Accident investigation needs an atmosphere of calm to be effective, but the NTSB was not given that privilege
With the final publication of its investigation into the American Airlines flight AA587 accident, the US National Transportation Safety Board (NTSB) has brought to a close the most hard-fought, acrimonious accident inquiry since the American Eagle ATR 72 "Roselawn" crash.
The circumstances of the two accidents had little in common. But the accidents both happened to American Airlines or, in the American Eagle case, a feeder operator; both occurred in the USA; and the certificating authorities for - and the manufacturers of - both the aircraft were based in France.
The AA587 inquiry found the probable cause of the 12 November 2001 Airbus A300-600 accident was "the in-flight separation of the vertical stabiliser as a result of the loads beyond ultimate design that were created by the first officer's excessive and unnecessary rudder pedal inputs". For the American Eagle ATR 72 crash at Roselawn, Indiana in 1994, the NTSB probable cause stated: "The loss of control [was] attributed to a sudden and unexpected aileron hinge moment reversal that occurred after a ridge of ice accreted beyond the de-ice boots while the airplane was in a holding pattern during which it intermittently encountered supercooled cloud and drizzle/rain drops, the size and water content of which exceeded those described in the icing certification envelope."
That was not all, though; in the Roselawn case an unusually lengthy list of contributory factors made the French certificator, the manufacturer, and the US Federal Aviation Administration responsible for multiple failures, including lack of co-operation in the supply of information to the inquiry. The acrimony did not stop with the issue of the report, and years later the NTSB was persuaded to revise the wording of some of its findings. But modifications to the aircraft's de-icing systems were subsequently ordered by the FAA following the NTSB's recommendations.
The manufacturers - Airbus in the case of the A300-600 and the Franco-Italian company ATR for the ATR 72 - both insisted the main issue was that each aircraft had been subjected to circumstances for which it was neither designed nor certificated. In both cases, the NTSB made recommendations that the aircraft design should be improved. In both cases the airline was voluble in defence of its pilots and their training.
The NTSB's list of contributory factors for the AA587 accident is characteristically brief and to the point. Any argument, the manufacturer and airline have since conceded, has stopped there. As regards the NTSB recommendation that the FAA require modification to the A300-600 rudder to make it less sensitive, Airbus says: "We will be working with the FAA as they explore whether changes should be made."
The USA makes legal provision to help all parties to an accident investigation to be dispassionate. The NTSB explains:"To ensure that Safety Board investigations focus only on improving transportation safety, the board's analysis of factual information and its determination of probable cause cannot be entered as evidence in a court of law." That should remove any need by parties to be overly defensive, and persuade them to co-operate with the NTSB.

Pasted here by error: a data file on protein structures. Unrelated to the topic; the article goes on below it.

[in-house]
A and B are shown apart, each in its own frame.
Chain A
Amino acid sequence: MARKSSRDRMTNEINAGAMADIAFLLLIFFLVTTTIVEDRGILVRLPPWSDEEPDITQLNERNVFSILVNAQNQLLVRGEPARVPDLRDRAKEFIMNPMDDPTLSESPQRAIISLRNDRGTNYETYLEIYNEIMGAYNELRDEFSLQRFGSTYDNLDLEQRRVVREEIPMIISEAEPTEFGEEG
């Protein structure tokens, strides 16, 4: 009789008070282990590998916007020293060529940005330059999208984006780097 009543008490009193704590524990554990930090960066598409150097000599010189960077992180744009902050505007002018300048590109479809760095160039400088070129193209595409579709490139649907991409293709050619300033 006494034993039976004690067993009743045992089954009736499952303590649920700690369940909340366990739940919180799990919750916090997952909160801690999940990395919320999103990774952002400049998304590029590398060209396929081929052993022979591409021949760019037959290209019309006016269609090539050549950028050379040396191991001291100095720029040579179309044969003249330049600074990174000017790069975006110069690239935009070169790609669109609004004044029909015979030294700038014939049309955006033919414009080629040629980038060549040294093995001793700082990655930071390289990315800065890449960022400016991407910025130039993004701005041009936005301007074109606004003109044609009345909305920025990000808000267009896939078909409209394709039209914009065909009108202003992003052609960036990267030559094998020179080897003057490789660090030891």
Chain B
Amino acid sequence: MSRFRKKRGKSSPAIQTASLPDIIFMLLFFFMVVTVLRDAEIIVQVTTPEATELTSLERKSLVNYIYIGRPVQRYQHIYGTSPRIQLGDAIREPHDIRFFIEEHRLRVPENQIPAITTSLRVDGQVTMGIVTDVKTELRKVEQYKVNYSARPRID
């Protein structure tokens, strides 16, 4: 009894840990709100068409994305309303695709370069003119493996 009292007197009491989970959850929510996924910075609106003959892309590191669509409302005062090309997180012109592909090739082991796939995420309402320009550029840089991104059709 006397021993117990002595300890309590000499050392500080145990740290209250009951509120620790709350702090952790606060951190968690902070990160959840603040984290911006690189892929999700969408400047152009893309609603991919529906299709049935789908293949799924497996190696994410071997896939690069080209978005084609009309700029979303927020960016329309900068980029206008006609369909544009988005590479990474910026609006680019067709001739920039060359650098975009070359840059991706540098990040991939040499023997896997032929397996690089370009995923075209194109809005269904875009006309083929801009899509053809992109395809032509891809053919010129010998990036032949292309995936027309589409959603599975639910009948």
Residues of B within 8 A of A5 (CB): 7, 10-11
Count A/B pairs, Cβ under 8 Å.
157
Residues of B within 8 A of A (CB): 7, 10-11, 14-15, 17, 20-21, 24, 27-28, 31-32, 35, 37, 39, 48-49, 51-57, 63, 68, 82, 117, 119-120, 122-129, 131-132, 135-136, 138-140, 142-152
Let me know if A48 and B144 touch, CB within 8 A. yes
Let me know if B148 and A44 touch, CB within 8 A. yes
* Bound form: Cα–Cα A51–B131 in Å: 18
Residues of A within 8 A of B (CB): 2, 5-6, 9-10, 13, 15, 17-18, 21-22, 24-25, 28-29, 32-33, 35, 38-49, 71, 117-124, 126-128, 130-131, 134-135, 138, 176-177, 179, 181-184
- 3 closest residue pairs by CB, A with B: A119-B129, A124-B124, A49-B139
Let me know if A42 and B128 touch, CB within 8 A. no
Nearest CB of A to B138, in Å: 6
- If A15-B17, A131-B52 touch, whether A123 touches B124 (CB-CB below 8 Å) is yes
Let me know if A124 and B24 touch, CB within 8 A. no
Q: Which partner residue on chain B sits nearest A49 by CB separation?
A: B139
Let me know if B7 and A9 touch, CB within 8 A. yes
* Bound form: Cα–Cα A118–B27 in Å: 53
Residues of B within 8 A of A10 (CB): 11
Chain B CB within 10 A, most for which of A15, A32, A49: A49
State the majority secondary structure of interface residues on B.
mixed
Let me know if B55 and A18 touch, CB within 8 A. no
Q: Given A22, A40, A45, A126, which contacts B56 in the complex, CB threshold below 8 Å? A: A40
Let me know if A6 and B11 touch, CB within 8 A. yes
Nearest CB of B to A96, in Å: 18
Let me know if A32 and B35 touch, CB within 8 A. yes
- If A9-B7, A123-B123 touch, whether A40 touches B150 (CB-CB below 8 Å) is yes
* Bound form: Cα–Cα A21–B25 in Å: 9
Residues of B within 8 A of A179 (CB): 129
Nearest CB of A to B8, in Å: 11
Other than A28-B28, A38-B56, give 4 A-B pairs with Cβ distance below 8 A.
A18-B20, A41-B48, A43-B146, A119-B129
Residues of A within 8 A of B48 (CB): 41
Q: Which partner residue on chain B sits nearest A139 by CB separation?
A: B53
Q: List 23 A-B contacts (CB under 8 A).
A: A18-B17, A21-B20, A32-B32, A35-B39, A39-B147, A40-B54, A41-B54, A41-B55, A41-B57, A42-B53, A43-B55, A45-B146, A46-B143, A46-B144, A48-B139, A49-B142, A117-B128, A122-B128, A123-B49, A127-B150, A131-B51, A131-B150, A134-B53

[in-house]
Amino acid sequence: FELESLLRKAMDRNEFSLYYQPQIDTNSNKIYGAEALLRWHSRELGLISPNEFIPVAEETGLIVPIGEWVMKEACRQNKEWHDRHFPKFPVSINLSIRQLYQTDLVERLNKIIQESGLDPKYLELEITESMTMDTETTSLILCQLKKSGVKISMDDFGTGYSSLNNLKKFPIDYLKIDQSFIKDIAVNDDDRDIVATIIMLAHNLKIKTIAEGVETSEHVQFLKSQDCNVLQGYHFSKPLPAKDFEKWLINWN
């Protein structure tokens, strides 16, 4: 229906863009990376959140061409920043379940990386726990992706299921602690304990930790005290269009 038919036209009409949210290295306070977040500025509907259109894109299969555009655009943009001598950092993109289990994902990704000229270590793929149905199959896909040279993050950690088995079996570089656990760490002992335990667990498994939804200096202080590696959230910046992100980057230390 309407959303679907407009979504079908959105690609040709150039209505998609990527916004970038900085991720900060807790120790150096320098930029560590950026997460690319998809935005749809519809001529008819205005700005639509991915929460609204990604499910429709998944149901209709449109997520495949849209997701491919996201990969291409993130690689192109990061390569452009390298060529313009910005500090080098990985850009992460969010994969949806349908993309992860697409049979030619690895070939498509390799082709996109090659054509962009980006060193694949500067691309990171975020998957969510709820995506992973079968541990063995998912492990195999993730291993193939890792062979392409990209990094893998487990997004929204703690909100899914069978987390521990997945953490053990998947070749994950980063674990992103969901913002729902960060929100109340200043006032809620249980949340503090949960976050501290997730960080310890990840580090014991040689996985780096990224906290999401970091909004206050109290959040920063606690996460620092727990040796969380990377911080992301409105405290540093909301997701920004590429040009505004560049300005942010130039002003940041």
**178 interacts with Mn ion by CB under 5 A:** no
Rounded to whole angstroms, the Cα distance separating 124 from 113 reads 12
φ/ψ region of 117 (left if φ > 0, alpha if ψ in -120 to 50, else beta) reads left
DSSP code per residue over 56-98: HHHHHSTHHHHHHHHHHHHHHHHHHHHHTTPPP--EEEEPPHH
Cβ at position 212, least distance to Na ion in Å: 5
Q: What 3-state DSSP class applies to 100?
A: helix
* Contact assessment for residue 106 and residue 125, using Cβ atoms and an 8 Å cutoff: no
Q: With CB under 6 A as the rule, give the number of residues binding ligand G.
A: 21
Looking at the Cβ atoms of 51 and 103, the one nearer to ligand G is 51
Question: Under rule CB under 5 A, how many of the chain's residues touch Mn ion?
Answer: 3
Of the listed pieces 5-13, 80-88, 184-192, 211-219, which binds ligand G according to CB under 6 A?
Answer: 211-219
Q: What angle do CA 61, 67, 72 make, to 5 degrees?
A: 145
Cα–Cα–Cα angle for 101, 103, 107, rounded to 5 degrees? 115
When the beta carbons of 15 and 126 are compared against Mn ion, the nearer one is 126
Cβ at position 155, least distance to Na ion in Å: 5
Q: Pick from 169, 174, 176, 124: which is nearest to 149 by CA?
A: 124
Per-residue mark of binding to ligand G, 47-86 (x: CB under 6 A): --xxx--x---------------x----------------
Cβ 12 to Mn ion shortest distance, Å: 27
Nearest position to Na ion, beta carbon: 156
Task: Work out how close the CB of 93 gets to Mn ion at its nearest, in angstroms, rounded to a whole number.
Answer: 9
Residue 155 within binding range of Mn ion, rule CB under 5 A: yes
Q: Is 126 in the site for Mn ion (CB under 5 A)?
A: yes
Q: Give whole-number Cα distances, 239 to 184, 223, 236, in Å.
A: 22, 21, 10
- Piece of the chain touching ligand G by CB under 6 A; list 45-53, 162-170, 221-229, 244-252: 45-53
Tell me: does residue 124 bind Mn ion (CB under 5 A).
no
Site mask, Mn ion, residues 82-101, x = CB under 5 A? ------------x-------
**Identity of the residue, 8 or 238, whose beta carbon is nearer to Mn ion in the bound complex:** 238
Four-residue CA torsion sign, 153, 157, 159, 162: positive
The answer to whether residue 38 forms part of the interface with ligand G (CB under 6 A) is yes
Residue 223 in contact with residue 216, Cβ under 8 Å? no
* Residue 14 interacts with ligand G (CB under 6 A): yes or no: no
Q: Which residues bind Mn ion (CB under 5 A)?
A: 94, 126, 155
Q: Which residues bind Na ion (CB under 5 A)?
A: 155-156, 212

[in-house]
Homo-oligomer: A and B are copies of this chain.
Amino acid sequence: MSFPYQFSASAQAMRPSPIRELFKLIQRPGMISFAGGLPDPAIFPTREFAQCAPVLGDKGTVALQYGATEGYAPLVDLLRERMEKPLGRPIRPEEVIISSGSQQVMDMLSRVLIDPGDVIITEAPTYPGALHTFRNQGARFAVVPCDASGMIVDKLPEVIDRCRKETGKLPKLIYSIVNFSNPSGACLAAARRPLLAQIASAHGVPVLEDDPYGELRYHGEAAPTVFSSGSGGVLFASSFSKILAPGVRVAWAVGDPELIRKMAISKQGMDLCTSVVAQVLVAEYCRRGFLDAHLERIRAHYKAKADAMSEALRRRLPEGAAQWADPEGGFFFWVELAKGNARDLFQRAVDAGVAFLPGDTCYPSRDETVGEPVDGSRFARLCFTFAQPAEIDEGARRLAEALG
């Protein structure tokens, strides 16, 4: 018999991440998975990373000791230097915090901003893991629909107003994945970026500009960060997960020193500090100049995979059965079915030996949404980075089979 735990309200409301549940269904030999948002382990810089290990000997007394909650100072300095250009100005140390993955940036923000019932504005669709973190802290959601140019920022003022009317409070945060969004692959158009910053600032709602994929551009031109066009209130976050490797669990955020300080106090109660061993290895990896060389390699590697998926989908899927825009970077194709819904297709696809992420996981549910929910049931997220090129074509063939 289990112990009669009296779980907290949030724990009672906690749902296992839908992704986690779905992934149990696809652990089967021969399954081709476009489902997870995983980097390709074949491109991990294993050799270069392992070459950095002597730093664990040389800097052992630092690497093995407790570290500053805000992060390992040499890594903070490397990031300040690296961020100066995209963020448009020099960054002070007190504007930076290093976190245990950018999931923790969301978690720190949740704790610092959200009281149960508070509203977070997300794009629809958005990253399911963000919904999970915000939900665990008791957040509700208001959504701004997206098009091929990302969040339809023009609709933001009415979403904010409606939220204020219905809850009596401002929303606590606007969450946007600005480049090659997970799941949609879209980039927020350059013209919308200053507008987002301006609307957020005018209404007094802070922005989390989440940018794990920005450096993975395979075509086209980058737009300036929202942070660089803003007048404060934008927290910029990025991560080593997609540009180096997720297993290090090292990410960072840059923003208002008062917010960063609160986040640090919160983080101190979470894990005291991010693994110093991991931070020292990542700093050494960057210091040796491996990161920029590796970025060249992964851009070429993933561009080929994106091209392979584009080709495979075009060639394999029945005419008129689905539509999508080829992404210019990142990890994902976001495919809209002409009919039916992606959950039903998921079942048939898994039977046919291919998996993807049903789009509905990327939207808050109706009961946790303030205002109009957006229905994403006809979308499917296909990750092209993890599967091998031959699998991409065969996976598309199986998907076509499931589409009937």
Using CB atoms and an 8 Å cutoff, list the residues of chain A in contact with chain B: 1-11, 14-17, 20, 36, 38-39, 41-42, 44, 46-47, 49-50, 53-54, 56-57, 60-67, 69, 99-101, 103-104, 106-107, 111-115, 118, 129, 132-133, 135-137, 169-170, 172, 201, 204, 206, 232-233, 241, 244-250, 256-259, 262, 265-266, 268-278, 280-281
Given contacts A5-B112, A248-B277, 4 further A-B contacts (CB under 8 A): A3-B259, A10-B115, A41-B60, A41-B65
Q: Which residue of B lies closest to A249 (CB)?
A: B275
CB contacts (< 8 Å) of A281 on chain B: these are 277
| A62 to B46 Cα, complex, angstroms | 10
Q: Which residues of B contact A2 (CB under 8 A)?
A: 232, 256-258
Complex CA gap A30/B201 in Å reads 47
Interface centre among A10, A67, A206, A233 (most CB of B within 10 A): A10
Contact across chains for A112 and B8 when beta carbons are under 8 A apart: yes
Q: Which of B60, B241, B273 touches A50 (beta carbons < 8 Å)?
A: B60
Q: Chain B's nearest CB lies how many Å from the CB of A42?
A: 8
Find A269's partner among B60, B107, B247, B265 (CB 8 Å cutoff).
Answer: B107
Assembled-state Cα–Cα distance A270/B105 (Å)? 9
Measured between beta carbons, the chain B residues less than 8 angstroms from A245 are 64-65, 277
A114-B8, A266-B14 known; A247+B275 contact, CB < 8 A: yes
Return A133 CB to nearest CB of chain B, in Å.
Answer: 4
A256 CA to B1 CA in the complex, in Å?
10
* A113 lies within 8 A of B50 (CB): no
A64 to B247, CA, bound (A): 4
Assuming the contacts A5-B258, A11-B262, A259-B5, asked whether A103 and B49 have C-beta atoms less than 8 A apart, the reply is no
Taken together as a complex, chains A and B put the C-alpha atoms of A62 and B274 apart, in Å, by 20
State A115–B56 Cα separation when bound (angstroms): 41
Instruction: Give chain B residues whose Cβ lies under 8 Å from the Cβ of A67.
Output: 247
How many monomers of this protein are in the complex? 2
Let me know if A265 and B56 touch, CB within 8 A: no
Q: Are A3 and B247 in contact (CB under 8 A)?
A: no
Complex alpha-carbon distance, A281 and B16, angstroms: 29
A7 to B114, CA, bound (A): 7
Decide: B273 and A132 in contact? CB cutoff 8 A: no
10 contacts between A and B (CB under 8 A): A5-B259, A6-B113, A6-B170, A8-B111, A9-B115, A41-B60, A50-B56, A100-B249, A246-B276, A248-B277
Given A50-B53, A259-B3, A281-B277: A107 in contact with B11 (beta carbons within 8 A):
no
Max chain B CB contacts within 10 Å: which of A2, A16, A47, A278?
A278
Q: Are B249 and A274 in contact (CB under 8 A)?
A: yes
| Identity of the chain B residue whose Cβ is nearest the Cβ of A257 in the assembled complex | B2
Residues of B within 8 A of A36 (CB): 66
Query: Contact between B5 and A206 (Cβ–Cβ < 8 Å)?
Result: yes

In the AA587 case, however, a slanging match was fought publicly between the airline, pilot organisations and the manufacturer. This hampered the progress of the investigation. NTSB chairman Ellen Engleman Conners, earlier this month, complained that the board had been "lobbied more than in any other investigation - from all sides" (Flight International, 11-17 January).
Pressure from the participants had "affected the timeliness of the report", Engleman Conners said. Without being specific, she said that the two parties frequently submitted depositions that did not add anything material to the information they had already supplied, thus wasting the inquiry's time.
In a thorough investigation with simple conclusions, the NTSB has fulfilled its mandate to find out the cause to reduce the chances of a similar accident happening again. But even within the NTSB all was not harmonious. Board member Carol Carmody has filed - at the end of the report - a difference over the order in which the two contributory factors appear. The order was reversed at the October meeting to approve the final draft.
Carmody says: "I support the probable cause language in the original staff draft, which listed contributing factors as the American Airlines Advanced Aircraft Manoeuvring Programme [AAMP] and characteristics of the A300-600 rudder system. I heard no reason...to reverse this order. To diminish the role of the AAMP in the accident is to downplay the role it played in the pilot's actions which caused the accident." Carmody's term as an NTSB member expired on 31 December.
The effects of the considerable external pressure on the NTSB may have shown, if subtly. Its normal style in report titles is to describe the effect of an accident on the cover and leave the details of how it happened for the body of the report. For example, the title of the report on a maintenance-caused structural failure of an aircraft's horizontal stabiliser system in a January 2000 accident begins: "Loss of control and impact with the Pacific Ocean, Alaska Airlines Flight 261, McDonnell Douglas MD-83". For the AA587, the NTSB entitles the report: "In-flight separation of the vertical stabiliser of American Airlines 587, Airbus Industrie A300-605R, N14053 Belle Harbor New York".
DAVID LEARMOUNT / LONDON
Source: Flight International